Water News Roundup, January 2016
AwN | A lot of times I cut out some interesting topics and news because I don't have the time to give a rundown of each topic. I think by combining some of the more interesting, (or threatening) topics, I can present a more completete picture of what is going on. Though I won't always be offering as much analysis of the topic. On a similar note, I think I will be trying to follow a schedule for the roundup posts and release them on the 15th and at the end of the month.
Microbead Ban, Pollution Tracking, GMO Salmon
I am leading with the banning of Microbeads in the U.S. I reported on this back in September and it is a major relief that action has been taken, however, as the following article notes, there remains major work to be done.
I will be interested to see what happens with the labeling of GMO Salmon since the nominee Dr. Robert Califf for commissioner of the FDA is likely to be blocked by his stance on GMO Salmon.
And don't forget the continuing story of lead poisoning in Flint, Michigan, which I have left out because I have covered it elsewhere.
As always if you have interesting topics on anything I cover on theawn.com contact me on social media and if its fits the bill I'll get it out there. Easiest ways to contact me are on google+ and twitter.
Victory! Microbeads Banned in the U.S.
OC | 2016 has barely started, and we can already share a huge win for our ocean. Thanks to the support of ocean advocates like you, Congress has backed a bill banning the use of microbeads in personal care products. And just this week, President Obama signed this bill into law.
Microbeads might be tiny, but this legislation is huge. The new law means companies will phase out the sale of products containing microbeads over the next two years, and stop making personal care products with microbeads altogether by July 1, 2017.
Federal ban on microbeads is a drop in the plastics-filled ocean (Commentary)
S | As nasty as these substances are, though, the ban wouldn't have sailed through Congress if the consumer-products industry had mounted serious objections to it. As it happens, many major cosmetics makers has already agreed to phase out microbeads -- thanks in part to campaigns like Ban the Bead! A nationwide ban was almost a foregone conclusion anyway after California in October joined six other states in barring use of microbeads in personal-care products.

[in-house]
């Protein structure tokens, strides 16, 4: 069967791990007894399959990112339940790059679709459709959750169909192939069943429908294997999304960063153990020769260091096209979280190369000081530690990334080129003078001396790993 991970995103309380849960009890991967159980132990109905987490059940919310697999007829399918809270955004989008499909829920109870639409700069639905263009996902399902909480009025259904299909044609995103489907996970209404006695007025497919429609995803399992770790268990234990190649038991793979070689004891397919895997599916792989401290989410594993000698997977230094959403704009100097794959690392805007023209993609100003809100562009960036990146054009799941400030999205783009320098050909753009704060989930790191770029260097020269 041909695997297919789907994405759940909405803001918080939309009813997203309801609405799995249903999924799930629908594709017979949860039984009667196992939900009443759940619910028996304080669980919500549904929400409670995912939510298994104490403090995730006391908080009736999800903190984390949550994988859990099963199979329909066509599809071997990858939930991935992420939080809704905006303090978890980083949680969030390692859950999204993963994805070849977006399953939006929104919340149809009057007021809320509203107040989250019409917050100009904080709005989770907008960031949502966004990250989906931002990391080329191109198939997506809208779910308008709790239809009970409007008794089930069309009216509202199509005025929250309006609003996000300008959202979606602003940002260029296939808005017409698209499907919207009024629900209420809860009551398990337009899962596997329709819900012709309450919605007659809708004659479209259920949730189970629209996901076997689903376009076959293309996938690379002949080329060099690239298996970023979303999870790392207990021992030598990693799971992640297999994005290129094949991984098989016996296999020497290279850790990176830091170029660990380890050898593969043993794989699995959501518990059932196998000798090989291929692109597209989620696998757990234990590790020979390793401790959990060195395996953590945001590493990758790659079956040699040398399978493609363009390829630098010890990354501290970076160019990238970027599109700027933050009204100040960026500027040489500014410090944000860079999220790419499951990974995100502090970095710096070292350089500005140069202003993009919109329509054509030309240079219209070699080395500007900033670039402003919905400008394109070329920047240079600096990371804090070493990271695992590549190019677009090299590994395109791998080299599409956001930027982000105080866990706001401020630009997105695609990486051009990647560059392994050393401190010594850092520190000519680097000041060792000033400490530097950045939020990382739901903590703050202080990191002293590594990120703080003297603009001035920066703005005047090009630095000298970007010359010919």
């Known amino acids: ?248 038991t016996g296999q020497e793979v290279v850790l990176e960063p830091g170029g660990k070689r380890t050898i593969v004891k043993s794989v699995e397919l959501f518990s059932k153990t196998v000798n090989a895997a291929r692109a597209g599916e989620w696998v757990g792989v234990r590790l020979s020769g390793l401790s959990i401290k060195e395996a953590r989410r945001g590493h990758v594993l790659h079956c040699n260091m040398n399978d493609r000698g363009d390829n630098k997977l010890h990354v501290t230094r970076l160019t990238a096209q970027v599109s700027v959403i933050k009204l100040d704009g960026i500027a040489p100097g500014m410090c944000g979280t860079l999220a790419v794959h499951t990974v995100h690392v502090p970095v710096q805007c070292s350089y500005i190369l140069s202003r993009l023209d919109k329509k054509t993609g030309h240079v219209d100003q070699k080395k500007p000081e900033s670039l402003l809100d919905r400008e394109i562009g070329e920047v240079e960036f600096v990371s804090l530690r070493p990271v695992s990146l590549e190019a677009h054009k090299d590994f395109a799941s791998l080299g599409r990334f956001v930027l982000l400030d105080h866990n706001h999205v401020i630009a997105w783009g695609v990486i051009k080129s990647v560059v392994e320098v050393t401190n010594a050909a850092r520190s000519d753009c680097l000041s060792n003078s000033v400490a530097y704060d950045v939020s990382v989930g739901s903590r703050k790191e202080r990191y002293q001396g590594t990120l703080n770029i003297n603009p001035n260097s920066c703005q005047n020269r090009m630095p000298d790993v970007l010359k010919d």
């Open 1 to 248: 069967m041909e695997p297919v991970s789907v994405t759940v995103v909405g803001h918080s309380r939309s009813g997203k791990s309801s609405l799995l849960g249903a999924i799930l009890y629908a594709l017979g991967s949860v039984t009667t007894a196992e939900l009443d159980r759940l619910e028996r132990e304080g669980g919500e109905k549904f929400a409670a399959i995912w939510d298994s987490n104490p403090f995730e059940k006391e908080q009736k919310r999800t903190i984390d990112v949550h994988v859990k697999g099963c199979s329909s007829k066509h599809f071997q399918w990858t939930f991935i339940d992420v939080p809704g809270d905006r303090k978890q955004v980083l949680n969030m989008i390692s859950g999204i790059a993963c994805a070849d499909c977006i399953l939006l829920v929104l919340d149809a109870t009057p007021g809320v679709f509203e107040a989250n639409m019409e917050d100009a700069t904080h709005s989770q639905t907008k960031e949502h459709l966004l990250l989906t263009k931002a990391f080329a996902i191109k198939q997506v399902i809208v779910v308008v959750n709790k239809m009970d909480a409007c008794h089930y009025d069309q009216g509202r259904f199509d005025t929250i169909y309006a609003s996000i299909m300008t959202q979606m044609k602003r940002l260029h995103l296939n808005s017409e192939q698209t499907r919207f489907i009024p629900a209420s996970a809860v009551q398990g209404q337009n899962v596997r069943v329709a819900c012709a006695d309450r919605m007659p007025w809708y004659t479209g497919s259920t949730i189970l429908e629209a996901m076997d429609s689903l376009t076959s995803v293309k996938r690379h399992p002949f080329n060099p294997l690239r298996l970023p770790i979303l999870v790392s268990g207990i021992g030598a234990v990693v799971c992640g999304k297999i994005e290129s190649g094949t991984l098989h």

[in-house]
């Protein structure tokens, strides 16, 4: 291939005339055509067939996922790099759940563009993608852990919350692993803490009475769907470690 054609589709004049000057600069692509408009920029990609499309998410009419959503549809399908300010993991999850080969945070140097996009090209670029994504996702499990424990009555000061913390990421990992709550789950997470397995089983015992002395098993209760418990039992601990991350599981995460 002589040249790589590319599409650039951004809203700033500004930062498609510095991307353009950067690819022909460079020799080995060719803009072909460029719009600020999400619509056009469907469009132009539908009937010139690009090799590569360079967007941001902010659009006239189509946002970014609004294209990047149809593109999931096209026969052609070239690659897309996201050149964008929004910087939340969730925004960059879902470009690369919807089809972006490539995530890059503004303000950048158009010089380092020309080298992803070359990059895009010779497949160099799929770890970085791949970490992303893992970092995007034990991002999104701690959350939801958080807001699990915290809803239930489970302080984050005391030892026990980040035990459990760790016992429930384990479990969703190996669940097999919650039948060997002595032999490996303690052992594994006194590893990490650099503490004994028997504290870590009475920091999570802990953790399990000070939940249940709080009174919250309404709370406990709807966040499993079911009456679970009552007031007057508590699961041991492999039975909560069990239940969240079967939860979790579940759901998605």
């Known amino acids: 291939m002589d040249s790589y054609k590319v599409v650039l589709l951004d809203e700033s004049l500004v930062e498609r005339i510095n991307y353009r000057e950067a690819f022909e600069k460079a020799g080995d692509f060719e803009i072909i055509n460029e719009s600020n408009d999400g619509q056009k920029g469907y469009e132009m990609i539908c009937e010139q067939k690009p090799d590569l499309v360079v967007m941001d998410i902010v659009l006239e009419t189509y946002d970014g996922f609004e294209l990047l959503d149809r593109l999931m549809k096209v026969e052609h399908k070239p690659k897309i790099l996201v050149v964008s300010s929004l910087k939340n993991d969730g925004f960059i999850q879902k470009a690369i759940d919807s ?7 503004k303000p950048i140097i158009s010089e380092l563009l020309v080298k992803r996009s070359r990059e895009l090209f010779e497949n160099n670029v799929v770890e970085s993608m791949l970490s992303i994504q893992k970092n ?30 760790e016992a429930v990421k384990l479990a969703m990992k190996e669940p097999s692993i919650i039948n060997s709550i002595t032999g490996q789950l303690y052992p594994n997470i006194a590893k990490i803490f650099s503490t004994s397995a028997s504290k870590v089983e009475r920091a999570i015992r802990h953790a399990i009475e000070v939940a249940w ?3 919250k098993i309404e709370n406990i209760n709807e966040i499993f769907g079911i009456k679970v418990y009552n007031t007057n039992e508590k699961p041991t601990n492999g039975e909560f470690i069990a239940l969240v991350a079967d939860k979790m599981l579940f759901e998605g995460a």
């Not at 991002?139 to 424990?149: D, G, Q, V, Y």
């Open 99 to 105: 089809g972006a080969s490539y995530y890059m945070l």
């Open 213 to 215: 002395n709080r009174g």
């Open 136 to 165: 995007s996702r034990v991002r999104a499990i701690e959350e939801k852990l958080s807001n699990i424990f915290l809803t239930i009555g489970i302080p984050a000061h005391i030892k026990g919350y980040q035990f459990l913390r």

Here's something to consider, though: Although Americans bought products containing more than a half-million pounds of microbeads, this represents a negligible amount of the plastic dumped in the ocean.
Celebrating a Big Year for the Ocean
OC | This has been a landmark year for the ocean. The tireless work of ocean advocates—like you—has resulted in a series of victories moving us towards a cleaner, healthier ocean for the communities and animals that depend on it. Here at Ocean Conservancy, we’ve had quite a busy year, and we’re proud to have played our part in working towards a better ocean.
We engaged communities to take action on ocean acidification.
We made progress on smart ocean planning.
We helped keep risky offshore drilling out of the U.S. Arctic Ocean.
We redoubled our efforts to restore the Gulf of Mexico following the BP Deepwater Horizonoil disaster.
We led the way in tackling ocean plastics.
Sensor network can detect exact location and size of ocean pollution
THUG | They designed an intelligent sensor system that can detect very small quantities of chemical pollution that might come from oil leaks and other contaminants. It can detect the exact location of toxic waste, diesel and other hydrocarbons and how far they have spread through that part of the ocean.
The sensors are embedded in floating devices that can be deployed in any body of water and using clever algorithms move independently to find the perimeters of a pollution event like in an oil spill. The sensors communicate back to the researchers in real time so that a map can be created using their relative positions and what contaminants they're detecting.
How Ocean Pollution Affects Humans
FDA nominee sails through Senate committee, but could a fish stand in his way?
WP | Sen. Lisa Murkowski (R-Alaska) told her colleagues on the committee that met Tuesday to vote on Califf's nomination that she is willing to stall it until he and FDA agree to mandatory labeling requirements for the AquaAdvantage salmon.
The salmon, produced by Massachusetts-based AquaBounty and approved by the agency in November, is an Atlantic salmon that contains a growth hormone from a Chinook salmon and has been given a gene from the ocean pout, an eel-like fish. The result is a fish engineered to grow twice as fast as its natural counterpart. The first genetically altered animal approved for human consumption, it has been the subject of long-running fights involving food-safety activists, environmental groups and the salmon fishing industry.
2015 Year-In-Review: Tremendous Victories for Rivers
AR | The best part of any journey is the people you share it with, and the people, like you, who joined us to protect rivers in 2016 helped us win some incredible victories.
Nationwide, we removed 30 dams and restored 443 miles of rivers through dam removal or re-operation. We safeguarded 140 miles of rivers with new Wild and Scenic designations, and protected more than 447,000 acres of riverside lands.